Mâcon

From Vincentian Encyclopedia

Mâcon

It was probably on a visit to Châtillon in 1619-1620 that Vincent passed by Mâcon. By that date he was already chaplain general of the galleys and thus a person of some importance. He came across many poor people on the streets, probably because they had heard that the Aumône, the local charitable confraternity, was dispensing help. Since the confraternity no longer could manage to do so, and perhaps with the support of the Oratorians with whom he had been association previously in Paris, Vincent spent a week reorganizing it. He returned and helped it further by joining his Confraternity of Charity with the Aumône. Afterwards the new group was called the Association of Saint Charles of Christian Charity. During this latter visit, which lasted three weeks or a month, he stayed with the Oratorians in the new seminary, near the Cathedral. These details come from Father Guillaume Desmoulins, the Oratorian superior. The same Desmoulins wrote of how the poor were also to go to confession monthly and fulfill other religious obligations.

Vincent, too, described it to Saint Louise: When I set up the Charity in Mâcon, everyone made fun of me and would point at me in the streets, but when the deed was accomplished everyone wept for joy. The town magistrates paid me so much honor on my departure that not being able to stand it, I was compelled to leave in secret to avoid the applause (Letter 198c). The Charity at Mâcon was one of the oldest in France and became a model cited by the French clergy at their 1670 assembly in Pontoise. It is unknown whether Vincent ever returned to Mâcon after this time.

To honor him, a side chapel of the church of Saint Pierre recalls his activity with a large mural painting of him as well as two stained glass windows. The left window quotes from the rules: The purpose of this assembly is to be able to help the poor. The right window reads Saint Vincent de Paul began this charity on 16 September 1621 in the church of Saint Nizier. More historically important is the original painting by Jean François de Troy of Vincent preaching. This was one of the series painted for his beatification and canonization that hung in the original Saint Lazare. It is found in the left apse. This church, however, was built only in 1865 in neo-Romanesque style (Place Saint Pierre).

The cathedral is called Saint Vincent, referring not to Vincent de Paul but to the patron of winegrowers, since Mâcon is in an important wine-growing area. This Saint Vincent's Cathedral, opened in 1816, was built under Napoleon I and was originally called Saint Napoleon. It was later changed to Saint Louis when Louis XVIII came to power and then Saint Vicent, the name it keeps. The Old Saint Vincent has kept some of the parts of a medieval church but has largely been rebuilt.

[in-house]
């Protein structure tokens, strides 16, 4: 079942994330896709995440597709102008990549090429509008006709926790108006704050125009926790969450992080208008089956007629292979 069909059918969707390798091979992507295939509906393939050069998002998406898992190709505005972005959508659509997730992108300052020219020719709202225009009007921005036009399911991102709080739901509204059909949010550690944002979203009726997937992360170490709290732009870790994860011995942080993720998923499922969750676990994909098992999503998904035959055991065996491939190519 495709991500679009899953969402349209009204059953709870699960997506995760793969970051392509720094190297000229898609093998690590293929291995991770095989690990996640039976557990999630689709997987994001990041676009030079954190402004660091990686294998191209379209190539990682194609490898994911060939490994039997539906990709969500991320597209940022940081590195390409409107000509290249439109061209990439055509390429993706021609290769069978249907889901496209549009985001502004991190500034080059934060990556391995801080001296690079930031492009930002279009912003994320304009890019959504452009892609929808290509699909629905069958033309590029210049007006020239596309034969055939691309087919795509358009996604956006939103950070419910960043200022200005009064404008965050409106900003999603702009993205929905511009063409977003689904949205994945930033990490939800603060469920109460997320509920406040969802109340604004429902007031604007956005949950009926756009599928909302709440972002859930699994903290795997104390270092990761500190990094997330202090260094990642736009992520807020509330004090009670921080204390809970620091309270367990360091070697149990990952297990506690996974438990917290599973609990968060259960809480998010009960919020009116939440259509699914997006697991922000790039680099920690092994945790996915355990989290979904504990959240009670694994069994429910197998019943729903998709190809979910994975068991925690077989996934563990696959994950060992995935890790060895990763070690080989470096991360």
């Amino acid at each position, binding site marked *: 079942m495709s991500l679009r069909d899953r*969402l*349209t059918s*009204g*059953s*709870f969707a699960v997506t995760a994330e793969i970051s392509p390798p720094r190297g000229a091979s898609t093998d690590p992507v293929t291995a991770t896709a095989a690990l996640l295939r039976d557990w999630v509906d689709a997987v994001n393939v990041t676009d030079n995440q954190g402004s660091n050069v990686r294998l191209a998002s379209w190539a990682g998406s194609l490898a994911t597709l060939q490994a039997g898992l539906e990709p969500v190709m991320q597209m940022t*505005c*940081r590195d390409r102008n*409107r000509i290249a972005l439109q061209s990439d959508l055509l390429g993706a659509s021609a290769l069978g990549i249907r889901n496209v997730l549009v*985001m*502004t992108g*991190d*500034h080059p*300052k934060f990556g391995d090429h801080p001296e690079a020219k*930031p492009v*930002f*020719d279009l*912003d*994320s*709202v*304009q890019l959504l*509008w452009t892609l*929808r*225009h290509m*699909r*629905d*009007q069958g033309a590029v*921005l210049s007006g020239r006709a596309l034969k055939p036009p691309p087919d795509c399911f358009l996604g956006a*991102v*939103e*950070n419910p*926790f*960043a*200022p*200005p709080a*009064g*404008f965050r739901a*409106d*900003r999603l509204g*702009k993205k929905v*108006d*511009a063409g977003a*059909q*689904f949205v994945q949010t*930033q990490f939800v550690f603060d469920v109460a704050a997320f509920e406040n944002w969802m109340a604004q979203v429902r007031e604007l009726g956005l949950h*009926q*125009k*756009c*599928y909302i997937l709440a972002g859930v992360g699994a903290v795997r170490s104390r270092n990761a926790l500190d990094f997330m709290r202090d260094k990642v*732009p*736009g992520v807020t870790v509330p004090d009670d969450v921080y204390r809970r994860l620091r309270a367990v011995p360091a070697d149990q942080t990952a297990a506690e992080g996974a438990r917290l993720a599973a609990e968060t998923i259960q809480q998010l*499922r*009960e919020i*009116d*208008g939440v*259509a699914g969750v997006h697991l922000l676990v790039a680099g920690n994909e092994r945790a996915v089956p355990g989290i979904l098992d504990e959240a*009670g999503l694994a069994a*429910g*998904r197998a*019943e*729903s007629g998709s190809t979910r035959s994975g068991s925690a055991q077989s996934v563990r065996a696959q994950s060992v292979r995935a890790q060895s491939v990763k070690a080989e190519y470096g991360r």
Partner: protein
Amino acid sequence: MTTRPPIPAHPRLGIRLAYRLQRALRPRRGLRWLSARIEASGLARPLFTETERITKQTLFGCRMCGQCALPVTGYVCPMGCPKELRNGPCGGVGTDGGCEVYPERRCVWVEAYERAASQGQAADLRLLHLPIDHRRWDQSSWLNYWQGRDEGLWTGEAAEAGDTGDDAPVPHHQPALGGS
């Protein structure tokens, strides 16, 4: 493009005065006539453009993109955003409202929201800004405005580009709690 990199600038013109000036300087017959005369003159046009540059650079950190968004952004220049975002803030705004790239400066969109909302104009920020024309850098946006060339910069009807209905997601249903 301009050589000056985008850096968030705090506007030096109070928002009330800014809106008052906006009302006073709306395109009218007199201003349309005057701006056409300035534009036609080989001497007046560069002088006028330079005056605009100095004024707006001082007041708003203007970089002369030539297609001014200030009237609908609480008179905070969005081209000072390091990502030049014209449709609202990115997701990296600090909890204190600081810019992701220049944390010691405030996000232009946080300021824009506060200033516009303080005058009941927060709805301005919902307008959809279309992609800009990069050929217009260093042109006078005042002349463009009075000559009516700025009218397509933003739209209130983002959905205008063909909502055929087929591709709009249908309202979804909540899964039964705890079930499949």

The Church of Saint Nizier, mentioned in the foundation records of the confraternity, no longer exists, having been demolished shortly after the Revolution. It was probably located where the Musée Lamartine now stands. It was an annex of the church of Saint Pierre le Vieux, and a chapel of the Penitents in the seventeenth century. The Ladies of Charity too assembled there for their spiritual nourishment.

The old Hospital of the Charity also recalls Vincent's work in Mâcon. Its famous "turn" is visible from inside and outside the building. Originally a feature of cloistered convents, it came to be used for those who were abandoning children. They placed them in it, pivoted the "turn" toward the inside and then notified the hospital personnel by ringing the bell. Abandoning children here offered a better future than leaving them outside a church in the cold, where someone might steal them or the children might die of exposure (249, rue Carnot). At the time of the Revolution the hospital became a prison for the elderly priests who had refused to take the constitutional oath. The Revolutionary cult, Theophilanthropism, was moved to the hospital chapel here in 1796, but the chapel reverted quickly to the parish, which used it beginning in 1802. The Sisters of Charity of Nevers directed the hospital from 1804 to 1973. The building itself was built from 1752-1762 to replace an earlier one set up in 1680 in memory of the original Charity Vincent founded in 1620. Although the intriguing "turn" does not date from Vincent's period, it is nevertheless one of the rare speciments still in existence and illustrates a dark chapter of history. Modern Mâcon has around 40,000 inhabitants.